A) Root canals.
Root canals are tapered, tunnel-like spaces that generally run the full length of a root (from its apex [tip] to its pulp chamber.)
B) The pulp chamber.
This is the hollow area that lies more or less in the center of a tooth's crown (that part of the tooth positioned above its gum line). This is the area a dentist drills into to gain access to each of a tooth's root canals.
Nerve space variations in teeth.
Teeth always have just one pulp chamber but the number of root canals they have can vary widely.
Reading x-rays isn't as easy as you might think.
- Every tooth will have at least one root. Some have 2, 3 or possibly more.
- Each tooth root will have at least one canal. The roots of some teeth are well known for usually having 2 or more.
This comparison demonstrates how varied the nerve space inside different types of teeth can be:
- Upper front teeth (incisors) typically have just 1 root and 1 root canal.
- Lower molars usually have 2 roots and 3 canals (see x-ray graphic).
- Most upper molars have 3 roots and at least 3 (and frequently 4) canals.
What does the number of root canals mean to you?
The number of canals that a tooth has will affect you, the patient, in the following ways:
- The cost of a tooth's treatment is typically based on the number of individual canals that it has. The greater the number, the higher the cost.
- Appointment length correlates with the number of canals being treated. It's more time consuming for a dentist to treat a tooth with 4 canals as opposed to one that just has 1.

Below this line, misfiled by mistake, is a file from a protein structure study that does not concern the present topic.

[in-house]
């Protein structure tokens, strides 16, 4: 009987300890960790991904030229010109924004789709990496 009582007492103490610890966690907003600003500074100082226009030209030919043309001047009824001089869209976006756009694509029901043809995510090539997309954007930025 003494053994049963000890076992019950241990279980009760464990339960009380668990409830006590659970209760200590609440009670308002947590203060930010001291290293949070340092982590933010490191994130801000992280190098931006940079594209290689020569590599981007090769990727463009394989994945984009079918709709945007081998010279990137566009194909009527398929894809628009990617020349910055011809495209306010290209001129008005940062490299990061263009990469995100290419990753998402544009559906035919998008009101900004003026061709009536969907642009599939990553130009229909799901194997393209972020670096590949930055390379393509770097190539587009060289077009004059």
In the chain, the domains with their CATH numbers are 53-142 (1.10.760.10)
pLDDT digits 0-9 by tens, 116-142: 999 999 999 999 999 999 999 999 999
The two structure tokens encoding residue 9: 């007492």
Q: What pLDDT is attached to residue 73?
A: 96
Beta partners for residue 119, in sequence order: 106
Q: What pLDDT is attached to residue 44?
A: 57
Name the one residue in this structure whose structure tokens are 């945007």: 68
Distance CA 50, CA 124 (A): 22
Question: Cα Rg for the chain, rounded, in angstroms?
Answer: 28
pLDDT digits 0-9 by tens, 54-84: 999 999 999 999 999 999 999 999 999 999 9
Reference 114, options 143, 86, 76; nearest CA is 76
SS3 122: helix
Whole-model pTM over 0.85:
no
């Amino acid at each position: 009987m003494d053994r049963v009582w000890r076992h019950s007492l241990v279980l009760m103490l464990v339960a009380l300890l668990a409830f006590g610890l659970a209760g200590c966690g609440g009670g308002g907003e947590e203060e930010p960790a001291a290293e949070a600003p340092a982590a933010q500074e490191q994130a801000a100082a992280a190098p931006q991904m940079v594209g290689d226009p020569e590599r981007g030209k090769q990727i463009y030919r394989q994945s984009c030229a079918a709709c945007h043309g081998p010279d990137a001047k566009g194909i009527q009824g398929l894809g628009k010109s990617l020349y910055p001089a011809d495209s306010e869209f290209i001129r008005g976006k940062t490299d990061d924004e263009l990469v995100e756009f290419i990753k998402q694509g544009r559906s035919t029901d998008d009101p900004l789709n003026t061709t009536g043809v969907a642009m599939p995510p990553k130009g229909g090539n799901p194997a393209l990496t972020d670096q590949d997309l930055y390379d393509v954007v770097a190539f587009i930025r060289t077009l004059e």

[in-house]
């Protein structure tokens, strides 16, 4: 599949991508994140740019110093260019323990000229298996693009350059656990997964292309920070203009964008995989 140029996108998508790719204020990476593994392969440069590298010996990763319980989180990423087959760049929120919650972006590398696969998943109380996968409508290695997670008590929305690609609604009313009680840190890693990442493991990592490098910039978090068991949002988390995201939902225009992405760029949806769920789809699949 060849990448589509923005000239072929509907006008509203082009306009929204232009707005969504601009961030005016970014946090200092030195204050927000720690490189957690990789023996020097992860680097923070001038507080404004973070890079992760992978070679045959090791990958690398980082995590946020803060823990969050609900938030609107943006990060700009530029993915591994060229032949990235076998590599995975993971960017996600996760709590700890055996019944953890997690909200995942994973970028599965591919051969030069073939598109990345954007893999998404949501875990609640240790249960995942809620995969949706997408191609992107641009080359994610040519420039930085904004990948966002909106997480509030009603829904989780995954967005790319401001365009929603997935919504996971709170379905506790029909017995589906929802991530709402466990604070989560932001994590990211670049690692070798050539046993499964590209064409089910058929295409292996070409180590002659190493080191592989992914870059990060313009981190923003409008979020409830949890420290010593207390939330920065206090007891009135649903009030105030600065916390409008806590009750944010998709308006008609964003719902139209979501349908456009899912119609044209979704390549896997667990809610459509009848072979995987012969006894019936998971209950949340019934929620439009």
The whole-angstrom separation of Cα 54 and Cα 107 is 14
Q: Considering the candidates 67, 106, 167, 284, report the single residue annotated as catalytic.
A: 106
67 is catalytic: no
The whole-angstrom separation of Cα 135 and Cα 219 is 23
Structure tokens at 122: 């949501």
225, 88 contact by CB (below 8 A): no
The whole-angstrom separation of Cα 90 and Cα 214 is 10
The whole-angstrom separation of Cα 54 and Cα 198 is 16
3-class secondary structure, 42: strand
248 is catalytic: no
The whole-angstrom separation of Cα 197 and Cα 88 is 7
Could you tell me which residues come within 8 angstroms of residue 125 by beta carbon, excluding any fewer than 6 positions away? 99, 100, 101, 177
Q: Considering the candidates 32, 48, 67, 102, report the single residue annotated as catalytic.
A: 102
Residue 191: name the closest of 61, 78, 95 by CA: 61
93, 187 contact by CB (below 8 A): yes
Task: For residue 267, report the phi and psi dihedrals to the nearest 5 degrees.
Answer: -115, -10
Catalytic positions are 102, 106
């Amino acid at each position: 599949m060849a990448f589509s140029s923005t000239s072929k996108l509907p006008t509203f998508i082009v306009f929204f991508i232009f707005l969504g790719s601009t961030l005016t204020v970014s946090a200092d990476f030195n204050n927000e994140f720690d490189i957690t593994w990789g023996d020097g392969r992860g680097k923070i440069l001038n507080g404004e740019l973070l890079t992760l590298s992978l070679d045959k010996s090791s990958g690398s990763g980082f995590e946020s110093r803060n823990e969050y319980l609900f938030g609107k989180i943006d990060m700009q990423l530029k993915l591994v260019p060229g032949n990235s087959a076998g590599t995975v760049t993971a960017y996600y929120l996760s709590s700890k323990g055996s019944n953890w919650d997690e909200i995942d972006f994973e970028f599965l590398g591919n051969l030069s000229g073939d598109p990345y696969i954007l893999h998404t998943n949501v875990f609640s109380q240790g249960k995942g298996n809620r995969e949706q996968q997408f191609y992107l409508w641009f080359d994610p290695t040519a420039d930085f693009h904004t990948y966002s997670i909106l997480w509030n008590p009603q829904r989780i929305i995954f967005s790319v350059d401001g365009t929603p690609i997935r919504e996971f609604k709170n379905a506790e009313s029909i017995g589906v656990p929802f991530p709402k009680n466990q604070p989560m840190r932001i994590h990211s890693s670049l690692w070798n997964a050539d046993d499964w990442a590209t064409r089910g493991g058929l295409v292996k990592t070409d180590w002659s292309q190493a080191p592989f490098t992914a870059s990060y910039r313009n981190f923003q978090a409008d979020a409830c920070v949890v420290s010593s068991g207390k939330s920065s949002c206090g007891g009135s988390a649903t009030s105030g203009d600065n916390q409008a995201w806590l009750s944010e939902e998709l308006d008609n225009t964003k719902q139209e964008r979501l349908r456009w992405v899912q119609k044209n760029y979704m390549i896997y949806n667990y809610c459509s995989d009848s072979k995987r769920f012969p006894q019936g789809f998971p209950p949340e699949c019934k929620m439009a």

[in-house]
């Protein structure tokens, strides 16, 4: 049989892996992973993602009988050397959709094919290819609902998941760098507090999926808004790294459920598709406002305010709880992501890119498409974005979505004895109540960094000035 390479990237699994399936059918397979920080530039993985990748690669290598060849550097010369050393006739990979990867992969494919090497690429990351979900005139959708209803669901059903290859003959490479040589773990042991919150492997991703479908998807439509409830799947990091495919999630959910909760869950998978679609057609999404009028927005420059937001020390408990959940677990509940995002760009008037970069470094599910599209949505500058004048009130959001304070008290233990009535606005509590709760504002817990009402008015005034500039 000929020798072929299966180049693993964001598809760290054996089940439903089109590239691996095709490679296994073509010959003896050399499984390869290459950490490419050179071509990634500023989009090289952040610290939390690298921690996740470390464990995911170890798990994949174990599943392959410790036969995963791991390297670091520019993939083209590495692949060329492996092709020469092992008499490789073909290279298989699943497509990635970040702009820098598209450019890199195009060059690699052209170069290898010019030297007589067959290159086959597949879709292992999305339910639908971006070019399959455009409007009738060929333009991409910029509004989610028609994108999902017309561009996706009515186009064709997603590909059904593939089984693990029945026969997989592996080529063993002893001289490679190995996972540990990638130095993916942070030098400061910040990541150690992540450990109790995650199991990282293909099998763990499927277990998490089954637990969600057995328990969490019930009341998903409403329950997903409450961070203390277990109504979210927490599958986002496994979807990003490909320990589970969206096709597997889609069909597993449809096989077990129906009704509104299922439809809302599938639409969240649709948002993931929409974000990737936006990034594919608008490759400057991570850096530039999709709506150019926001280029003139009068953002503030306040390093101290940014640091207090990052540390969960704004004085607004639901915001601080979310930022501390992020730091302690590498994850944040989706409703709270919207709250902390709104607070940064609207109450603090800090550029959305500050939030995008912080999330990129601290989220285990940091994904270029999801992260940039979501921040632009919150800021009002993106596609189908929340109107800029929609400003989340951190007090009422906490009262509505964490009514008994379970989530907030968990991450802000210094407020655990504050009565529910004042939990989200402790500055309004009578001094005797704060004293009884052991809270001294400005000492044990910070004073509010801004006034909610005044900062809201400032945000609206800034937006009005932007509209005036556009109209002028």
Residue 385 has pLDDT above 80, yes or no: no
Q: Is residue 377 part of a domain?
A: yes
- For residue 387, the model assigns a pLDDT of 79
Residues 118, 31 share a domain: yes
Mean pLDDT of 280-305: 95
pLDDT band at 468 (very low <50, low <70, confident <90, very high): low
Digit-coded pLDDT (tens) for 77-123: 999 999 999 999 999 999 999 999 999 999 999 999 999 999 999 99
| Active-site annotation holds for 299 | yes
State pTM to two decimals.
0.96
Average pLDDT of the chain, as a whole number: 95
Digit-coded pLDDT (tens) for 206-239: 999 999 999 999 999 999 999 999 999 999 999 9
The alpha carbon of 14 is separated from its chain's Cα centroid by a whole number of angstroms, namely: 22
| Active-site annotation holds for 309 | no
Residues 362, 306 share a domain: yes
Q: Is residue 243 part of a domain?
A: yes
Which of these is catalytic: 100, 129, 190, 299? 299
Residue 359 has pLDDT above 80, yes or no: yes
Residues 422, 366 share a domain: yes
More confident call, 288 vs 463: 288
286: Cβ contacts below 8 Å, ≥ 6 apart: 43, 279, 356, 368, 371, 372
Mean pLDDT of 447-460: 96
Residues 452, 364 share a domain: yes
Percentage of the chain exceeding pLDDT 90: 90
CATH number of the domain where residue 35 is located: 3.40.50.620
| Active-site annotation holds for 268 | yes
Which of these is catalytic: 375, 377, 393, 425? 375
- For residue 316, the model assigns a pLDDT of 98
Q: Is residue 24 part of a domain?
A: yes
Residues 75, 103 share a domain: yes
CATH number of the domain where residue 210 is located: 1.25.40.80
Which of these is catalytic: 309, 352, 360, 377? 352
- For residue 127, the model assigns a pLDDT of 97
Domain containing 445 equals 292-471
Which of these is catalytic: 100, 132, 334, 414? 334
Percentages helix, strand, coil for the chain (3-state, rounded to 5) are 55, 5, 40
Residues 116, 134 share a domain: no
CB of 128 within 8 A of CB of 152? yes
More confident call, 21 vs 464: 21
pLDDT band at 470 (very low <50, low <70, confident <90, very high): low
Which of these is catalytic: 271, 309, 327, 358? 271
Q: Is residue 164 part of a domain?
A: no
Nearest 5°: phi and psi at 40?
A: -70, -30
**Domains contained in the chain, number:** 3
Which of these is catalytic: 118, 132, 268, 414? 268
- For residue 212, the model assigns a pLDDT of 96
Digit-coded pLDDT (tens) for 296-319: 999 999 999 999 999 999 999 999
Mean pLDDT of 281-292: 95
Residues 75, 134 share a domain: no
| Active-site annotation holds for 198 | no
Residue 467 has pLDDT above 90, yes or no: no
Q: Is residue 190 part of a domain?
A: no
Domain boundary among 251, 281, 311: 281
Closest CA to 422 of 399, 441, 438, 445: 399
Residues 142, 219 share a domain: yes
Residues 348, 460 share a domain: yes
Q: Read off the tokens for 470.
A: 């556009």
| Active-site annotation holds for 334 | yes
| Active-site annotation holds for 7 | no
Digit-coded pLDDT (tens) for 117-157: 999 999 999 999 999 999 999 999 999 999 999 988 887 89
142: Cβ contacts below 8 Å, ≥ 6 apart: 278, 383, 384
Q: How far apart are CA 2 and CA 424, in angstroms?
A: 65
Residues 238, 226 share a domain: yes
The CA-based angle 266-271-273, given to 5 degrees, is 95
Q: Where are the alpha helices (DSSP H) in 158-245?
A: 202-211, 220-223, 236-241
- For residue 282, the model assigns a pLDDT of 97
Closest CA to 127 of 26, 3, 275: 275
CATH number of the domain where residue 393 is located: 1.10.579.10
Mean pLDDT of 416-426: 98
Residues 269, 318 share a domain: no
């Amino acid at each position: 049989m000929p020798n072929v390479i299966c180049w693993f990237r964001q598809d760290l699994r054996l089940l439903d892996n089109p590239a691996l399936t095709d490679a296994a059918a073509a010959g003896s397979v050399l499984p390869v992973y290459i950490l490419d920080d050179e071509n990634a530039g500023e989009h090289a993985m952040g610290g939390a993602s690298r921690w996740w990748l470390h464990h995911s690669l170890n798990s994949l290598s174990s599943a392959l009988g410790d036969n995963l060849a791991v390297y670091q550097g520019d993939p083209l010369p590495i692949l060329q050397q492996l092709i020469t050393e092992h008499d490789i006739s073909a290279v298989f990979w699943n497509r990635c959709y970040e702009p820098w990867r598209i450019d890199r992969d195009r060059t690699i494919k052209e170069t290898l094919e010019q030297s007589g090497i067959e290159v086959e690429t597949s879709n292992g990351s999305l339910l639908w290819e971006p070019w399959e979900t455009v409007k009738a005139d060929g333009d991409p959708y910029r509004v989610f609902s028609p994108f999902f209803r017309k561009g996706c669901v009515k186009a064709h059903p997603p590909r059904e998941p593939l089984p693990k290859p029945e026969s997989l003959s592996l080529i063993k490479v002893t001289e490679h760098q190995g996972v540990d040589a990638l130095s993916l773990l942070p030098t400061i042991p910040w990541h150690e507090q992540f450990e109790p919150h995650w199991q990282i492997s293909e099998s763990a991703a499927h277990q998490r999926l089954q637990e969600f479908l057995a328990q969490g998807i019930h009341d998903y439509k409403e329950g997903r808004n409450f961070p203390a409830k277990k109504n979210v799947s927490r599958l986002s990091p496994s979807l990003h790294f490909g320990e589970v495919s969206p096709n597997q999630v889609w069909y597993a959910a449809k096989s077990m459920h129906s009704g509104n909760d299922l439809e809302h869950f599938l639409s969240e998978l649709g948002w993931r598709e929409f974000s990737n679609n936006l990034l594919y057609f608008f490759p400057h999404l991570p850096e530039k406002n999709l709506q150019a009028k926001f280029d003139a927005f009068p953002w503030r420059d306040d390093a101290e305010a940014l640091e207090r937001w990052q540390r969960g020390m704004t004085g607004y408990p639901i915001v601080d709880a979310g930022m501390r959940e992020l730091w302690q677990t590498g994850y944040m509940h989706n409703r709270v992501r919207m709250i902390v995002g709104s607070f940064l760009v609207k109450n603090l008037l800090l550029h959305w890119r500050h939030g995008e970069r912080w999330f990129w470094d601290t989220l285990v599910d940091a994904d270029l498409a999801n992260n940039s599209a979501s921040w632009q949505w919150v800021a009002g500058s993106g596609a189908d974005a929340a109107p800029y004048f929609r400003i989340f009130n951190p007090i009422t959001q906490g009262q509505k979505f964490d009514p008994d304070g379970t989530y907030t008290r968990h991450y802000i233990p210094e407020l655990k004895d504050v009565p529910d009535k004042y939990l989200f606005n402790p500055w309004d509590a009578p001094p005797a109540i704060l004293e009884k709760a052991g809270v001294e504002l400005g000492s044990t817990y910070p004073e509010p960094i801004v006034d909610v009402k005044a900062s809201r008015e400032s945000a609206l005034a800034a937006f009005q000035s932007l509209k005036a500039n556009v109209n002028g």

Isn't a tooth's nerve important?
You don't really get much "feeling" input from a tooth's nerve.
Under normal circumstances, the nerve tissue inside our teeth provides us with comparatively little information.
Yes, when subjected to pressure or temperature extremes, or exposed to severe insult (like advancing tooth decay or the formation of a crack), teeth do respond with a painful sensation. But other than that, the nerves inside our teeth remain relatively unresponsive.
You might think that when you push on your teeth, or else close them together, the pressure sensation that you feel (proprioception) is a signal from within your tooth.
Actually, most of this sensation (around 70%) comes from the nerve fibers found in the tissues that surround your tooth's root, with the remainder originating from its pulp tissue (Eliyas 2015). On a practical level however, this loss is not usually noticed.
You'll never miss your tooth's nerve.
Due to the above, from a standpoint of normal function, the presence of live nerve tissue within a tooth is pretty much optional. If it's present and healthy, then wonderful. But if it's been removed as a part of root canal treatment, then that's fine too. You'll never miss it.
Full menu for topic Root Canals. ▼
- Root canal basics.
- Signs and symptoms of needing treatment.
- How is the procedure performed?
- Does it hurt?
- Appointment details.
- What to expect after having root canal.
- What type of final restoration will be needed?
- What is a post & core?
- Can an existing crown be reused?
- Complications / Reasons for treatment failure.
- Failure due to coronal leakage.
- Alternatives to root canal.
- Treatment costs - by tooth type. / Insurance details.
- Assorted FYI facts about having root canal.
- Page reference sources.